If you break your collarbone, what is the best treatment? Is a sling or brace or surgery for a clavicle fracture the best option?

Aaron writes:

Hi Doc,

I have a question about broken clavicle remediation. I’m 35 and broke my clavicle last week. I’ve read conflicting reports on whether or not to wear a sling, a figure-of-8 strap or just go for the surgery.

I’ve read in cases where there is just a fracture and no displacement, a sling or 8 should suffice, but what are your thoughts on executing surgery and installing a plate in cases where displacement has occurred (2-3 cm) and the individual would like to return to an active lifestyle of mountain biking and contact sports? I know you can’t diagnose over the internet, but any thoughts you have on sling, figure 8 or surgery will help in my decision on Monday.

Thanks so much for your thoughts and your website has been a big help!

The management of clavicle fractures has certainly been evolving over the last few years.

Non-surgical treatment of a clavicle fracture

In general, I think that nonoperative management of clavicle fractures is acceptable for a large percentage of these injuries. If the ends of the bone line up fairly well with minimal displacement, the use of a sling or figure-of-eight strap is definitely appropriate. I am fairly aggressive getting people out of the sling once the fracture starts to heal in order to start working on range of motion and strengthening. Use of the sling or strap is more for the patient’s comfort than to get it to heal properly. While the fracture is still new, patients can often feel the fracture edges moving against each other, so for the first few weeks I think a sling is fine.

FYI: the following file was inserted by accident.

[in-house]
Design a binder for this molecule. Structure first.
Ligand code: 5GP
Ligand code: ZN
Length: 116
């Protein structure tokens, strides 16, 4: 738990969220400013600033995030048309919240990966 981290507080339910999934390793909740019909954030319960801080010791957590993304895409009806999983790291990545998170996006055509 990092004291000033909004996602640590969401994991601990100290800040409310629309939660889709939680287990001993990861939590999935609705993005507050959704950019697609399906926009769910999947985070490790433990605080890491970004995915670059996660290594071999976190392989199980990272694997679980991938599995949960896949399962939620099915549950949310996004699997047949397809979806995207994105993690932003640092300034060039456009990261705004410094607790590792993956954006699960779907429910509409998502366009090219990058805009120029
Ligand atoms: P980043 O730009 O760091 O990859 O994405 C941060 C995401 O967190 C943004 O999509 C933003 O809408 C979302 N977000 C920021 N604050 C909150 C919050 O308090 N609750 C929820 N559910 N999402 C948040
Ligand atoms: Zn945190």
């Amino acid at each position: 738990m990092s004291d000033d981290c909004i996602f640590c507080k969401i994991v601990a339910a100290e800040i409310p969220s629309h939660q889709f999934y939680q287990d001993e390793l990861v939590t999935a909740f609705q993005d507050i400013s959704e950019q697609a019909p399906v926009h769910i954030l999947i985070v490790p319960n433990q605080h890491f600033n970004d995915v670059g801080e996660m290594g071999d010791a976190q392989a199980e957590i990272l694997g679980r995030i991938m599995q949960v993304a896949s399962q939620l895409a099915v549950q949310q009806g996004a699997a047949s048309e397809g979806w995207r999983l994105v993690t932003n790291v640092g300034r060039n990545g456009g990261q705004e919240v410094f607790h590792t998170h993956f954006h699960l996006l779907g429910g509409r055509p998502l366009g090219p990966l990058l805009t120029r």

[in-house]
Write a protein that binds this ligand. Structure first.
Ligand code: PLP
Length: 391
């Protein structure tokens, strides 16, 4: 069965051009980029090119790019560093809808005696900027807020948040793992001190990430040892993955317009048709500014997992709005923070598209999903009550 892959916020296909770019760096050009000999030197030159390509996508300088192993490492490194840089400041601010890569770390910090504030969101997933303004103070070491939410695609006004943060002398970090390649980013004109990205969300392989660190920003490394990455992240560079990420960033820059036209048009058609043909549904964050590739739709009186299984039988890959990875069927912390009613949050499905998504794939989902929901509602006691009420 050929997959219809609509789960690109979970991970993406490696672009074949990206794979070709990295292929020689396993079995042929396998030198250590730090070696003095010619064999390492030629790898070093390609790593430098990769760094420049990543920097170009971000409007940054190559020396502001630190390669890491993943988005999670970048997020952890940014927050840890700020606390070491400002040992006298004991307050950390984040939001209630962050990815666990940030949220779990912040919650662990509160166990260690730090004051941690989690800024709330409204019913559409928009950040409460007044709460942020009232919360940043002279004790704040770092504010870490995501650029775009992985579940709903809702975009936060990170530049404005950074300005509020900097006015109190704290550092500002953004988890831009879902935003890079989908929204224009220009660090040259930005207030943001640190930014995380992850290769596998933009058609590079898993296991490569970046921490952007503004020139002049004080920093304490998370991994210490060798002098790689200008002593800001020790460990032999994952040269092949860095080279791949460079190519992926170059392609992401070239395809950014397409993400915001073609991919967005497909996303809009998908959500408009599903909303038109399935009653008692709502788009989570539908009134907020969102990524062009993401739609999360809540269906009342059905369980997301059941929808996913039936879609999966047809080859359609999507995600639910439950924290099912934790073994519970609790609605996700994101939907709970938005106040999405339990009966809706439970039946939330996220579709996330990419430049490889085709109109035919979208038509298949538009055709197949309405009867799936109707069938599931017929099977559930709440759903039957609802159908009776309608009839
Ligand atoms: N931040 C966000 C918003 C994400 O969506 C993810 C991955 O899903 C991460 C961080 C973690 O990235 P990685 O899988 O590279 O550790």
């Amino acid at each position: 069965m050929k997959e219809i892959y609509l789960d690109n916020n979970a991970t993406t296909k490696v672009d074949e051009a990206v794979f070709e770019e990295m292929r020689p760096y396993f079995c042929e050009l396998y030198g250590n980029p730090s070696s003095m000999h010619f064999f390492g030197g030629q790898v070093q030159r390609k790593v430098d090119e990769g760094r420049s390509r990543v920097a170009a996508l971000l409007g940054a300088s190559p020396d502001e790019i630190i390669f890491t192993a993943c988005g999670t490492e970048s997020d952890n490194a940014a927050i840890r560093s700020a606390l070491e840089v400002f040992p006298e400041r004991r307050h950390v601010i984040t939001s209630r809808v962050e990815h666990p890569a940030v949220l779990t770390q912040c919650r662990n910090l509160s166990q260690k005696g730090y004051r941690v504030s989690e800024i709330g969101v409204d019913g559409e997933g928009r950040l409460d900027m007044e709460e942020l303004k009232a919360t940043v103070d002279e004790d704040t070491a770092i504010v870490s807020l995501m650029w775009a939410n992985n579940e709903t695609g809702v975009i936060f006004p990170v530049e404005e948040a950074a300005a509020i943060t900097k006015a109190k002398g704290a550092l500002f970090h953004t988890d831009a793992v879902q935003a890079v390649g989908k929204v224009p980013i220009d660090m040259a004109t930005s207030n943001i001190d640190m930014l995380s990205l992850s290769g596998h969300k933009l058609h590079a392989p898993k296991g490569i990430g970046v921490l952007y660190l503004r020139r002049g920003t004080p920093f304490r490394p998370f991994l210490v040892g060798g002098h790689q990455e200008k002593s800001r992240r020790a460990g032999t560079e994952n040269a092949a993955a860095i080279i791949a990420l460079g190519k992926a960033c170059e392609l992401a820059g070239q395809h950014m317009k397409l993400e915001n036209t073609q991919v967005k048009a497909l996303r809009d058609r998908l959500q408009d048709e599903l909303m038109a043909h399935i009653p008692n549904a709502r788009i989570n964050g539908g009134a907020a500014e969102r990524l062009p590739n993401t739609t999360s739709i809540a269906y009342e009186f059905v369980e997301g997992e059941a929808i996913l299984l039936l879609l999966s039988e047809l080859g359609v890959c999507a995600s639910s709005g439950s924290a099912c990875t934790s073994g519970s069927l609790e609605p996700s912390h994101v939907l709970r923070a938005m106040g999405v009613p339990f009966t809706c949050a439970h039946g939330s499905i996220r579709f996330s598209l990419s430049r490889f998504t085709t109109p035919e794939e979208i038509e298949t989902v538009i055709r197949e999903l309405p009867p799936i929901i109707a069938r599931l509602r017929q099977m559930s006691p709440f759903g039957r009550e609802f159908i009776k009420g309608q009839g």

In this x-ray, notice how the ends of the fractured clavicle are widely separated.

Surgery for a clavicle fracture

Surgical treatment, either using a pin down the center of the bone or a plate and screw construct, has become more accepted for displaced fractures. In situations where the ends of the bones are not touching, especially when there is significant separation, I think surgery is appropriate. A study in The American Journal of Sports Medicine notes how surgical management might be more appropriate for athletes of contact and collision sports.

This x-ray, taken right after surgery, shows better alignment of the fracture ends.

In these displaced fractures, I think that all active people, not just athletes, are less likely to have issues with weakness or lingering soreness with surgery than with nonoperative management. surgery for a clavicle fracture lines up the ends of the bone better, creating less of a lump at the fracture site. Surgical treatment does make the surgeon more comfortable knowing that the fracture is more likely to heal. The first few visits obtaining x-rays to follow nonoperative management of displaced fractures is always somewhat nerve-racking, as it is hard to know if that fracture will go on to heal. Certainly primary fixation of a fracture is easier and more reliable than treatment of a nonunion. Also, surgery allows the patient to start physical therapy for motion and strengthening much earlier, as the fracture doesn’t need to be protected in a sling or other immobilization for a long at all.

It will be interesting to see if the tide for management of clavicle fractures swings in the opposite direction (surgical treatment) in the coming years as long-term data regarding pin or plate and screw fixation of these fractures becomes more available.